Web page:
“Building the Ultimate Body Means Focusing on More Than One Thing

Chad Howse is an interesting guy. I’m always interested in how the “deficiencies” people think they had led them to certain places. With fitness professionals, it tends to really define the perspective. I was a chubby kid, and so looking at it now, it’s really no surprise that I became sort of a fat loss ‘specialist.’ Vince Del Monte was a skinny guy, and his focus has always been on muscle gain.

That, of course, is really just what the focus is, not where the knowledge stops.

Any fitness professional worth their salt can—and has—written excellent programs to build muscle or burn fat.

Chad Howse is no different, though. Although he (like Vince) was skinny, he was also a focused athlete—an athlete who was always held back more by his lack of physicality than his lack of skill. And so it’s no surprise that when it comes to physique augmentation, Chad’s become known for building bodies that don’t just look great, but also perform great.

In this short guest article, the Young Gun shares some of his tips for developing a lean, muscular and athletic body.



What are your fitness goals?

You’ll hear that question from me a lot, because I think it’s important: you need to understand exactly what your goals are so you can then achieve them.

When I ask people that question, I’ll more often than not I’ll hear one of two answers: build muscleor burn fat. Two simple and great goals to have, but I think if people really thought about their ideal, their ultimate goal or dream body, their answer would be different.

Ok then: Chad, what are your fitness goals?

Let’s start off with the muscle.

I always wanted to build muscle because I was a skinny twerp, unconfident in how I looked, and I dreaded taking off my shirt at the beach and I thought muscle would be the remedy for these insecurities (35+ pounds of lean muscle later and yes, it has helped big time).

Second: ladies like six pack abs, and I don’t know of any guy who wants to be big and round—so I wanted not just muscle, but lean muscle. I wanted definition and I wanted to be lean.

But, I’ve also been an athlete since Day One, and improving my athleticism has always been a huge motivator.

Yes, I wanted to look good, but I also like having a body that performs great. Even today as I’m no longer competing in boxing, basketball, hockey, or any other sport, I still want this ultimate, all around great body, and it’s something I continually strive for. Which is something that is a continuous process as there’s always room for improvement.

So, you want it all?

Hell ya! I want to be shredded, muscular and athletic. Why the hell not?

Let me ask you this: do you want to look like Jared from the Subway commercials, or like Reggie Bush – who is also in Subway commercials?

Jared’s lost a ton of weight, I don’t want to diminish that, but his body isn’t anyone’s ‘dream body’. People settle far too often for something that’s more realistic or easier to attain instead of striving for their ‘ultimate goal’.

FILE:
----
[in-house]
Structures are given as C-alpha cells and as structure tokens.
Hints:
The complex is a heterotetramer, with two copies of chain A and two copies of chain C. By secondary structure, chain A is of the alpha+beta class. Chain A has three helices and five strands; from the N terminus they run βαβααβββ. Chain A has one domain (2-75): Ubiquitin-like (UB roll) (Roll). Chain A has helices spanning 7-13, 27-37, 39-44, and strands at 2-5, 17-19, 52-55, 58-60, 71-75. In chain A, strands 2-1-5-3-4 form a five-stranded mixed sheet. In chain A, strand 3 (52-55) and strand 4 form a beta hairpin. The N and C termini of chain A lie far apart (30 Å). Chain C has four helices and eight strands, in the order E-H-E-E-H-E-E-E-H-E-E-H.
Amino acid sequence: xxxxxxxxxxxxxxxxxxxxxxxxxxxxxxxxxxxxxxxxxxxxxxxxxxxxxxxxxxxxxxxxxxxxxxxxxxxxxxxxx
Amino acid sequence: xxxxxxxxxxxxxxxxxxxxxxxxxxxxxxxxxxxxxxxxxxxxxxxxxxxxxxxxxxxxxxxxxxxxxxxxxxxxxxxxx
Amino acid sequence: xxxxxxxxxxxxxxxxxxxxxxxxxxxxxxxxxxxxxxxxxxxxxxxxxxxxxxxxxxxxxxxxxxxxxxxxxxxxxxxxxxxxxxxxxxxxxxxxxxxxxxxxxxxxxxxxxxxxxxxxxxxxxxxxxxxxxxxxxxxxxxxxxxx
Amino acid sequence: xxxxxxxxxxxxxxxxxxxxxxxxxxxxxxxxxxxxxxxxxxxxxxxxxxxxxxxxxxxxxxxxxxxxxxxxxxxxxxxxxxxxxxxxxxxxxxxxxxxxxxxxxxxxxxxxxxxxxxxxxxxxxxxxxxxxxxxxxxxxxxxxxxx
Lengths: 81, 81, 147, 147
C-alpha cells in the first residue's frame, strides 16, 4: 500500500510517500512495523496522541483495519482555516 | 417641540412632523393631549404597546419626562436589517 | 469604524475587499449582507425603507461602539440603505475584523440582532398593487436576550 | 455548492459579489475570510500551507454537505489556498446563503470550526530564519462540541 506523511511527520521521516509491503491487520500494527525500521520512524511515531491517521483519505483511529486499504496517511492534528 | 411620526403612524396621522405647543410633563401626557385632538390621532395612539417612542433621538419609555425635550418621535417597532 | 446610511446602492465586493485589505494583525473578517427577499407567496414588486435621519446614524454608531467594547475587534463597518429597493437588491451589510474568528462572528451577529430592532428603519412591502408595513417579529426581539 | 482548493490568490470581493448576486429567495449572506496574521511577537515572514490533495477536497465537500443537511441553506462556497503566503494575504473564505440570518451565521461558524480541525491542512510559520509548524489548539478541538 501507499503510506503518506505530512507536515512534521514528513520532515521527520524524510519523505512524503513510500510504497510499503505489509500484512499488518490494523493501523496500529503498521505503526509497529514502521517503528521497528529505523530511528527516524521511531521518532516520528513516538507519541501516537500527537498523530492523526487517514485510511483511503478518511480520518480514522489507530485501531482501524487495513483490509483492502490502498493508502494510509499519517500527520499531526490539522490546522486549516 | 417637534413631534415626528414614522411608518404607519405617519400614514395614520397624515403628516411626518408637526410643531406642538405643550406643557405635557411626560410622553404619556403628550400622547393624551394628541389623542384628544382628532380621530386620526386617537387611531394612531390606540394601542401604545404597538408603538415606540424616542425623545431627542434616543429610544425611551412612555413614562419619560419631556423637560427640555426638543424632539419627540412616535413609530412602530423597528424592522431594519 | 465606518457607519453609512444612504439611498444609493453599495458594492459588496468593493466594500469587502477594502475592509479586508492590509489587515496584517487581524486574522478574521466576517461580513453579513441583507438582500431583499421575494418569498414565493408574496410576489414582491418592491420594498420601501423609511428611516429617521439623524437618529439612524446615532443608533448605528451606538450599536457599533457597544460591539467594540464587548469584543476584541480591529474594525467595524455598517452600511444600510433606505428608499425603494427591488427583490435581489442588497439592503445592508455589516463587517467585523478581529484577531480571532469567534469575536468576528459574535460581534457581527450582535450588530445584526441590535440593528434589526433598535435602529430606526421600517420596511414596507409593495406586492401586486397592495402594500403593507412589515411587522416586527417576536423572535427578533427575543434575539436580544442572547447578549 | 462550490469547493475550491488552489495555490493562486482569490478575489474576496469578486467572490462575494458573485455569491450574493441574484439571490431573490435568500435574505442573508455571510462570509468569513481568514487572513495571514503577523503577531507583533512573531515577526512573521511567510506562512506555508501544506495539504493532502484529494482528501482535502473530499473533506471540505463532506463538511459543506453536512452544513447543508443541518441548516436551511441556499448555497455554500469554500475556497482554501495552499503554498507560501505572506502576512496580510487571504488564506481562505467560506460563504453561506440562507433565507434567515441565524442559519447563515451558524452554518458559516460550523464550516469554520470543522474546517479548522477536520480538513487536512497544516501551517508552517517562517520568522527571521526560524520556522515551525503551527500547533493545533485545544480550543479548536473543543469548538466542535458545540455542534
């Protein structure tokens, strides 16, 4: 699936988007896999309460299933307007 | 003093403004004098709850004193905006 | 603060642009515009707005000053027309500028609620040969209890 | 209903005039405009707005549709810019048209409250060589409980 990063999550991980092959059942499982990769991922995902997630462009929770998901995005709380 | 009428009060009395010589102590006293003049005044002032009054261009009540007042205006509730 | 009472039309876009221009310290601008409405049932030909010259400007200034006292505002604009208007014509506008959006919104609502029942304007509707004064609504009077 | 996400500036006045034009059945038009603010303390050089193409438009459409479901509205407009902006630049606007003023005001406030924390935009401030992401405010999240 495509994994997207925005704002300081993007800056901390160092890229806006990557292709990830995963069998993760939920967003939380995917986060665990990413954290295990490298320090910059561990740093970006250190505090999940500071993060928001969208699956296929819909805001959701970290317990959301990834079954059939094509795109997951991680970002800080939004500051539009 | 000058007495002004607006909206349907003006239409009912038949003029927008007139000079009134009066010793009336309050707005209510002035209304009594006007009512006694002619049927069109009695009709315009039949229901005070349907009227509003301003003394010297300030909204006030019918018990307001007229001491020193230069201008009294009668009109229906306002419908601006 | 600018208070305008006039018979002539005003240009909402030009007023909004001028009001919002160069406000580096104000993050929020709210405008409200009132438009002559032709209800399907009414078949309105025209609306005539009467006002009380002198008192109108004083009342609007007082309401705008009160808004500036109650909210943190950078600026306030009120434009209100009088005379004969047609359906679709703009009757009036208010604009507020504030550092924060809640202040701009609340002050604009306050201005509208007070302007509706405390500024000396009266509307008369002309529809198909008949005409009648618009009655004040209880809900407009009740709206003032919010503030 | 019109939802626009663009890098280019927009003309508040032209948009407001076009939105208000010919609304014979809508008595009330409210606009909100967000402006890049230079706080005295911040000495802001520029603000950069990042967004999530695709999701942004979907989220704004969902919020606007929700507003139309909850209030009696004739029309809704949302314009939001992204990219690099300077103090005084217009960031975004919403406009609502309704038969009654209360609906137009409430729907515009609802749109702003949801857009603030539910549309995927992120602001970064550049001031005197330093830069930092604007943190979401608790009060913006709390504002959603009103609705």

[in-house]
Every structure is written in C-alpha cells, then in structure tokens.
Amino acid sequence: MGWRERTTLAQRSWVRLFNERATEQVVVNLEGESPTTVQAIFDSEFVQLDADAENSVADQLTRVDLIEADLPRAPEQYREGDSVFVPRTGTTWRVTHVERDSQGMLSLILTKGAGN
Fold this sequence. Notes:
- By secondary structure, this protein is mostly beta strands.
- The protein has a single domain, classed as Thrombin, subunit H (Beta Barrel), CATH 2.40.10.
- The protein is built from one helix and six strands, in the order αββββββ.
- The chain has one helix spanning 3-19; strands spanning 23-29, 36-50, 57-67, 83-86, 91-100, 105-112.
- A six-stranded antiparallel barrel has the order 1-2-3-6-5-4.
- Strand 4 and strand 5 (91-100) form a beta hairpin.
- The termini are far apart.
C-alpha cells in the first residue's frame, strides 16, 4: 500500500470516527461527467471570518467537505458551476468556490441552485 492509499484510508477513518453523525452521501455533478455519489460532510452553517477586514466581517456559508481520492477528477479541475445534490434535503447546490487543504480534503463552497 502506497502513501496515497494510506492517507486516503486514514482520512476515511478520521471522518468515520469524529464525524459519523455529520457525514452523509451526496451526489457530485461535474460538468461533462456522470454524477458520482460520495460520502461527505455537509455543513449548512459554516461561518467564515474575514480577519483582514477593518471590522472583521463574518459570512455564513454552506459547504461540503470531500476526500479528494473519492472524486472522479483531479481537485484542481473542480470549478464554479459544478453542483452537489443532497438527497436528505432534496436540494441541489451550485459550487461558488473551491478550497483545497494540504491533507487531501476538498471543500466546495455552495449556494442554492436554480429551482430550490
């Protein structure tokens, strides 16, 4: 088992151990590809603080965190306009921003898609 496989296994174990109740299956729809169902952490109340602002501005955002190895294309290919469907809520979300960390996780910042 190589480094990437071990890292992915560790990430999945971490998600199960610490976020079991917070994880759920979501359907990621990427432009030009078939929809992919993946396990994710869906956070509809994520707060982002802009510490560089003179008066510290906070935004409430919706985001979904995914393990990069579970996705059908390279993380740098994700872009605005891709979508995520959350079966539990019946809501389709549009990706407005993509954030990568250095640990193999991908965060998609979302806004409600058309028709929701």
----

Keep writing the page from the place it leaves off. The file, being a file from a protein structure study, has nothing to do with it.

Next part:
If you want strength, power, and athleticism, but to also look amazing – not just ‘good’ – you need to focus on all of the above. If you just want to get skinny, then that’s what you’ll get. If you just want to get big, then again, that’s all you’re going to get. But if you want it all, then train to get it all.

Two points:

  • Bodybuilding didn’t work for me because a. it didn’t improve my performance, and b. I’m naturally a twig, and there were too many isolation reps with not enough recovery time for me to gain any mass.
  • I ran a lot and ate less when I was fighting and I didn’t lose fat so much as I lost weight. I also felt weak with less energy than I should have going into a fight.

A Case for Focusing on “It All”

By getting stronger and more powerful, you’re making it easier for your body to build muscle. And by increasing your muscular endurance, you’re also making it easier for your body to build muscle.

Bodybuilding has it’s place in your training, and so does training for athleticism and fat loss. I don’t just work on improving my power, speed, and athleticism, but also on improving certain body parts, like building bigger arms, chest, shoulders, and so on, which is essentially bodybuilding. I train with hypertrophy rep counts, power rep counts, and higher rep counts with help me improve my muscular endurance.

The result is that I’m stronger and more powerful for longer periods of time. I’m more athletic and I’ve been able to stay lean, actually getting a lot more shredded as I’ve put on this weight.

What Can You Do To Build This Ultimate Body?

1. Keep track of your results

Write down your weight for the big lifts like deadlifts, squats, military press, and bench press. Strive for improvement in these lifts every week. Also, start working on your Olympic lifts like snatch and cleans – both will help you improve your power in an athletic sense.

2. Lift heavy

Don’t just focus on hypertrophy reps in the 8-12 range. Have heavy days at least a couple times a month where you aim for a 4-6 rep count with longer rest periods. This will improve your power, but also strength; allowing you to lift more weight for the hypertrophy-focused rep counts. This means more muscle.

3. Compete

If you’re not in a league of some sort and you don’t want to be in one – find a lifting partner, someone to compete against, or implement challenges into your routine.

I’ve used challenges for a while now as a way to track my performance improvements, but also as a way to compete against myself and previous results.


A short, interesting post from an interesting guy, and a great set of tips.

And keep in mind, there are a lot of programs out there to help you achieve that “Ultimate” — the body that not only looks great, but also has intense athletic capability.